As we come to a wrap with the end of this year, I am reflecting on how this class changed my perspective on women and gender studies issues. I was fortunate enough to be in a class this year that initially talked about safe space versus brave space. Our safe space was free from bias, judgement, conflict, criticism, or potentially harmful comments. I honestly felt as if I was able to be my “true self,” as in sharing my opinions fully heartedly, and knowing that I wouldn’t be critiqued for my voice. As for the brave space, it taught me that it is okay to challenge and be challenged by the audience. They were the first two topics taught in class, and @sarahjeanmay if you’re reading this, those changed my life.
(Picture: Reflective, Website: army.mil)
As we continued in the year, I got more comfortable around the people I was around. My writing partner @standtallstaystrong made a huge difference in my work. Helping out, not just grammatically, but if she felt that I needed to add my personal account in my writing it was advised perfectly. We stressed to our professor enough that we didn’t want to change writing partners. Once our bond was made, to weekly read the most personal of each others thoughts, it then became apparent that a match was made instantly. This class wasn’t all just easy discussion, though. Looking back at my writing, I do believe I improved. My first pieces of writing seemed to lack my personal narrative. That could have been due to the fact that it is hard to let people in, but throughout this course it seemed easier to want to have people read my story.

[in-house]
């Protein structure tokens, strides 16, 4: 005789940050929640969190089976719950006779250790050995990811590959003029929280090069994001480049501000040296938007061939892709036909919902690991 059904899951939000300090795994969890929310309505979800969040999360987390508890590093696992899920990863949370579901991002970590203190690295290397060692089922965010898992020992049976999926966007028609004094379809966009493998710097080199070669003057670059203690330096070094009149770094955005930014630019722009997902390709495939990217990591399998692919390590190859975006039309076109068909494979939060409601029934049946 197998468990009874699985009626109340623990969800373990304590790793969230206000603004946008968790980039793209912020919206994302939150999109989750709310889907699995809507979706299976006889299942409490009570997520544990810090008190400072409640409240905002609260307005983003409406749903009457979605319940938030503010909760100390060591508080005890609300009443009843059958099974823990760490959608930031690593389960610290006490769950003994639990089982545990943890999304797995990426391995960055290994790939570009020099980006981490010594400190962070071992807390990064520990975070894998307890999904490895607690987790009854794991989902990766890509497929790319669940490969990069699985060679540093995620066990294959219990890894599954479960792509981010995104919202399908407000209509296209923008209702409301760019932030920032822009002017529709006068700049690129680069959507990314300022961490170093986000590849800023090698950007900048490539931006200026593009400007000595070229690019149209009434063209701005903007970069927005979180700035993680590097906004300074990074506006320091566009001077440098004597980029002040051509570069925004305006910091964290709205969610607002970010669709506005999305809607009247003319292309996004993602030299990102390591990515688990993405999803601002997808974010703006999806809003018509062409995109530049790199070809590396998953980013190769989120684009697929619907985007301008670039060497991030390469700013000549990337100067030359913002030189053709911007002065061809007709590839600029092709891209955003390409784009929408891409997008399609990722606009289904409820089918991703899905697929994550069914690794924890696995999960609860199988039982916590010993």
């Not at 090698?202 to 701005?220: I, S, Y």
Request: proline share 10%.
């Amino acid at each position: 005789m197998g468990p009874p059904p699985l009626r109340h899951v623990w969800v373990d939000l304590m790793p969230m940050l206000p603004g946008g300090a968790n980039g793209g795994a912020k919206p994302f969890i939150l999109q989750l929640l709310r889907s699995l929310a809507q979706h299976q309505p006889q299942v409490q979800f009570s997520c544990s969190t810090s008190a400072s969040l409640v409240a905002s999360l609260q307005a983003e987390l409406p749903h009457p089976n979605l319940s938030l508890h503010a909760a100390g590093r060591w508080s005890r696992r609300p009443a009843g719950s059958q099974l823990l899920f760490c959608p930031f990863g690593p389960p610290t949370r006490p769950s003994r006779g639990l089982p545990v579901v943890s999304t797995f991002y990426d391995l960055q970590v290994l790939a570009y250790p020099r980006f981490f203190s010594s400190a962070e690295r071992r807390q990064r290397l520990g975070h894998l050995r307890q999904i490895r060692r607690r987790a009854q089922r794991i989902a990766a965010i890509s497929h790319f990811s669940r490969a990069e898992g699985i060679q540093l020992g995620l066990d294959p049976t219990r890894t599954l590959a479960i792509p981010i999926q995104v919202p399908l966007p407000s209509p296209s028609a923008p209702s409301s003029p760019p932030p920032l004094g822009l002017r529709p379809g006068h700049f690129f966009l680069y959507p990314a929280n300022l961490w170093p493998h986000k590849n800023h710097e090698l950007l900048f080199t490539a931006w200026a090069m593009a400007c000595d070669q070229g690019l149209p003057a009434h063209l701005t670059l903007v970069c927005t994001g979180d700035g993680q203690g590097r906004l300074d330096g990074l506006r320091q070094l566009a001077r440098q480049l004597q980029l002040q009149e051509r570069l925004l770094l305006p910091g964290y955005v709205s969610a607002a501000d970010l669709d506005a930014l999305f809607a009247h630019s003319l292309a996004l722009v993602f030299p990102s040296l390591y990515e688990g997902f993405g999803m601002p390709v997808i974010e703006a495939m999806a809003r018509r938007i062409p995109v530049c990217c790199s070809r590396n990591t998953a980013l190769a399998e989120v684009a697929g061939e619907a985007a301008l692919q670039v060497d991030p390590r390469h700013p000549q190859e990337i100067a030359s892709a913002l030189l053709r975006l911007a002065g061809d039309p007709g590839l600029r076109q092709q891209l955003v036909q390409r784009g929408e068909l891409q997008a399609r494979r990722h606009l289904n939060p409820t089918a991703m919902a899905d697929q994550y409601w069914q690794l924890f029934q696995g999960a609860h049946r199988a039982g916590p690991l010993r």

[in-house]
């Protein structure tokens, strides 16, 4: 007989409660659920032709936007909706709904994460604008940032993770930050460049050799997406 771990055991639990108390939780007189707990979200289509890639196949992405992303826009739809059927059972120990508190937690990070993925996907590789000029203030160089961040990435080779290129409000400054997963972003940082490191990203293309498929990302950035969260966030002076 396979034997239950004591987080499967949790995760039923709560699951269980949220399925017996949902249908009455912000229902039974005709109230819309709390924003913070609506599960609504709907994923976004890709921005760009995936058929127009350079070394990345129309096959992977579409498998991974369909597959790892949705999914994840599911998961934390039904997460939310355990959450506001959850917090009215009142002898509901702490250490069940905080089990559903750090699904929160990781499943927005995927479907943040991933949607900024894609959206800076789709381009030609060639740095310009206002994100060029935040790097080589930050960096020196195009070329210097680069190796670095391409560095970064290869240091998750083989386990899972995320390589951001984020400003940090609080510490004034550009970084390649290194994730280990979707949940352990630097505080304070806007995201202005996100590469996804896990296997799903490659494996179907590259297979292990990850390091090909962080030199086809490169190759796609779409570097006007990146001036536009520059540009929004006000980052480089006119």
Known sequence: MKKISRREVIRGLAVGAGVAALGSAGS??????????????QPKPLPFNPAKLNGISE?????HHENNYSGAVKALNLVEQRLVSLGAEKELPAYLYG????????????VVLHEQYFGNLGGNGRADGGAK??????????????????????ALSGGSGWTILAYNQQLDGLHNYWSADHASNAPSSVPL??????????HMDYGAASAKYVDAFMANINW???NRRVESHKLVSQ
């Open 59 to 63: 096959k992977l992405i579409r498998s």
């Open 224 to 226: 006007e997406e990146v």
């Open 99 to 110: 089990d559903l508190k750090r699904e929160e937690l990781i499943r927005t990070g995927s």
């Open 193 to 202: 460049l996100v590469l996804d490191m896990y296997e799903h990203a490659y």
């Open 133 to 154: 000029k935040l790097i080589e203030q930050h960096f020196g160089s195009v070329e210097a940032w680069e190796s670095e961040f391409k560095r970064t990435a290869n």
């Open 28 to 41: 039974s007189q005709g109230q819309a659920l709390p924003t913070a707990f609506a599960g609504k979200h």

(Picture: Book Read Learn, Website: Pixabay.com)
When I lead my first discussion, that’s when I completely felt in control of my thoughts and knowledge about the topics of Disability Diversity and Toxic Masculinity. The readings, in different ways, connected to me personally. My dyscalculia taught me to fight back the urge to call myself “stupid,” and instead say, “Numbers can be challenging, but I’ll work through it.” As for toxic masculinity, it was a nice self check to remind myself to not make men feel as if they have to always prove their masculinity by making comments like, “Aww, that was cute.” Being a discussion leader allowed me to take a more active role in ShoutOut!, and I cannot be more thankful for that opportunity.
The final memory I have from class, wasn’t even set in class, but at TDU in Madison Union. Sarah encouraged our class to attend or participate in V-DAY, an event held to bring about awareness of violence on women, and ways to end the abuse. Through this, there was poetry slam being done by @livinghumangirl, @merm4idfeminist and @w0kewarrior, a wonderful singing rendition of Quiet by @endlessripples9205, an intense raffle for a dope sweatshirt from @godisawomannn, and I can’t forget about the chance I got to MC the event with a @tiredandgay. Listening to everyone speak brought tears to my eyes, mainly because it amazes me that we have all been silenced for so long… Yet the words we share are so powerful. V-DAY, Vagina Day, Victory Day, Valentines Day, whatever people wanted to call it… Became a day to remember for the rest of my JMU career.
(Picture: V-day-logo, Website: Wikimedia Commons)
So, now why is this blog post called Good(bye) Friday? Is it because it’s my last blog post? Is it because it’s a play on use of words for Good Friday? Well, all of those maybe valid reasons. But for me, it’s because this isn’t goodbye. ShoutOut! Has given me a space to keep all of my thoughts in transit, all of the bad-bitch rants in one spot, and all of the people I’ve looked up to this past year, in one contact list…
So for me, well, I’m just getting started on my journey of feminism. (Picture: Journey Travels Road, Website: Pixabay.com)
Featured Image: Cross Easter Good Friday, Pixabay.com